The Joystiq Indie Pitch: Zombie Cow Studios

Justin McElroy
J. McElroy|02.16.10

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Justin McElroy
February 16th, 2010
The Joystiq Indie Pitch: Zombie Cow Studios
Being a giant, beloved video game blog has its downsides. For example, we sometimes neglect to give independent developers our coverage love (or loverage, if you will) as we get caught up in AAA, AAAA or the rare quintuple-A titles. To remedy that, we're giving indies the chance to create their own loverage and sell you, the fans, on their studios and products. To kick things off we're, unsurprisingly, turning to one of our favorite indie developers: Dan Marshall of Zombie Cow Studios.

How did you get started?

I started my career working in TV, and making games was my naughty little hobby on the side -- a way of expressing my creativity when my 9-to-5 was making terrible reality shows. When Time Gentlemen, Please! started to get great reviews, I took a good long look at TV and where it was likely to go over the next 30 years (with the death of the traditional broadcaster, and people on YouTube being exponentially more entertaining than most of the grot I'd been involved in) and took a good long look at where gaming's going ... and it's a pretty easy decision to leap from boat-to-boat.

Besides, with the tools indies have these days and the spread of digital downloads and an instant market of near-as-dammit six billion people, making your own games isn't the same stupid, reckless idea it was five years ago.

Why did you want to make games?

Games are awesome. Everyone loves games, especially me. Making teeny little indie games really scratches this creative itch I have. I can't sit playing someone else's game without thinking "Ooh, I want to be making my own game." It's addictive and brilliant and fun.

Why be independent rather than try to work for someone else?

Every morning I get up and stand at the window with a cup of coffee in my hand and watch people trudge towards crammed commuter trains in the drizzle. Some of them are wailing and crying, others seem to have given up all hope entirely, all sense of joy drained from their faces. That's motivation enough to work 12 hour days out of my trendy little South London flat.

Also, my coding sucks and my art pretty much sucks. I'm 95% sure no one would ever hire me.

What are your games called, and what are they about?

We're currently working on a game called Privates. It's an action-platformer about a squad of teeny-tiny Space Marines rummaging around peoples' vaginas and bumholes and stuff, shooting things. It's pretty nuts. I don't think there's anything else quite like it.

There's also another episode of Dan and Ben on the way, the first in what will hopefully be a series of short, sharp, bite-size adventures. We're still planning out how it's going to work, and it's taken some time to get right, but it finally looks like Revenge of the Balloon-Headed Mexican will be a worthy successor to Ben There, Dan That! and Time Gentlemen, Please!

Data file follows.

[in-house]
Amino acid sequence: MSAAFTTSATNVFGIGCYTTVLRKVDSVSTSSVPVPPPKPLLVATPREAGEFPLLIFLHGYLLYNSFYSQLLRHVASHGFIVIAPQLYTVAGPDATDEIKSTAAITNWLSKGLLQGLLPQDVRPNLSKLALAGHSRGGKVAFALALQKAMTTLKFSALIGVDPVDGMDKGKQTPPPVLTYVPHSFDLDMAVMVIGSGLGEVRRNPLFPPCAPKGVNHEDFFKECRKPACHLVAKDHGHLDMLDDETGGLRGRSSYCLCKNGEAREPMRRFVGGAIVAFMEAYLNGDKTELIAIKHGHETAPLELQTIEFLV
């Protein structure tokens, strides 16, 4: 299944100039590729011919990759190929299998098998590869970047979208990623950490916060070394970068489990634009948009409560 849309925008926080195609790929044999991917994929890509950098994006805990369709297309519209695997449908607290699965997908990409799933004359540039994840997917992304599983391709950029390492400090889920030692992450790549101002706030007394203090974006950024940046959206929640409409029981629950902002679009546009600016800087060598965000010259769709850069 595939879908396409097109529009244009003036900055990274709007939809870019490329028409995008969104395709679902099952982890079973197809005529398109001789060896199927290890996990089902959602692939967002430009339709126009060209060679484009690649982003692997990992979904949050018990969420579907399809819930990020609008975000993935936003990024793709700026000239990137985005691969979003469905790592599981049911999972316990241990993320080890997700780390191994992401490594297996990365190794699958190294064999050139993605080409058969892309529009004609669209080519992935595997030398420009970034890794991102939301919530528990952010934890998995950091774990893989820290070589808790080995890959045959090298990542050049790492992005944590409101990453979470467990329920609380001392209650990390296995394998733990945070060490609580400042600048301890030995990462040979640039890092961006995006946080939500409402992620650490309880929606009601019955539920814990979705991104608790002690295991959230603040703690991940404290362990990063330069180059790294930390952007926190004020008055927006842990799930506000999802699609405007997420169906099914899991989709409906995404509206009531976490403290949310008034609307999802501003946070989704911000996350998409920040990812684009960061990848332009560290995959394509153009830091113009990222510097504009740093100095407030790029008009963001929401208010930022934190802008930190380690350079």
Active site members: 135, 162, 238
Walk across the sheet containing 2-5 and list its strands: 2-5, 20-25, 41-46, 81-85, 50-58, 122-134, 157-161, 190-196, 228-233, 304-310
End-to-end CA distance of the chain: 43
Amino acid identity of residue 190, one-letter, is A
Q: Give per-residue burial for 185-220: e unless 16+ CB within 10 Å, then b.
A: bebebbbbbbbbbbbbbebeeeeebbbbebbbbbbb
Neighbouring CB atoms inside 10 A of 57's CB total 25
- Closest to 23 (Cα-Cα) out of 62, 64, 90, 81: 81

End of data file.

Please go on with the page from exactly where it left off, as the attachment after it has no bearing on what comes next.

Do you feel like you're making the games you always wanted to play?

Always. It's often such a shame, seeing games grow from absolutely nothing and experiencing every minutiae of development that you never really get to experience the final product in the same way other people do. Hopefully in the future some crafty bastard will invent some sort of extravagant mind wiping hat - so I can sit in front of one of my own games, a single tear rolling down my cheek at its sheer brilliance. Here's hoping.

How long do your games take to create?

We're still in development with Privates – looks like it'll wind up being about a year's work, from initial development to final line of code.

Time Gentlemen, Please! was about nine months, but that was all done part-time in stolen snippets around my day job. Hopefully when development on Revenge of the Balloon-Headed Mexican starts proper, it'll be a few months, tops.

What are you proudest of about Privates?

For the first time in Zombie Cow Studios' history I've got other people working on the art and the code. Proper, professional people who know what they're doing called Chris Simpson and Andy Hodgetts. They've done proper AAA games ... so with every passing day it's looking more and more gorgeous in a way I could never possibly do myself.

Also it has some pretty grotty dialogue in it. I did that bit.

What one thing would you tell someone to convince them to get your game?

Privates will be free on PC, and if it gets an Xbox Indie Games release, some of the cash will go to charity. Hopefully that's enough to win most people over.

Revenge of the Balloon-Headed Mexican has a puzzle in it that was so borderline 'too much' that we had to run the idea past my girlfriend and judge by her expression whether or not it was going to make people call the police on us. I *think* we're alright, but it's touch and go.

What's next?

After Privates and Revenge of the Balloon-Headed Mexican? I'm not sure, exactly. We'll cross that bridge when we come to it. If Balloon-Head does well, there'll be more short Dan and Ben games in a similar vein, and I hope so because they're a complete joy to develop.

You can find all of Zombie Cow's games on its official site. If you'd like to have your own shot at converting our readers into fans, email justin aat joystiq dawt com, subject line "The Joystiq Indie Pitch."
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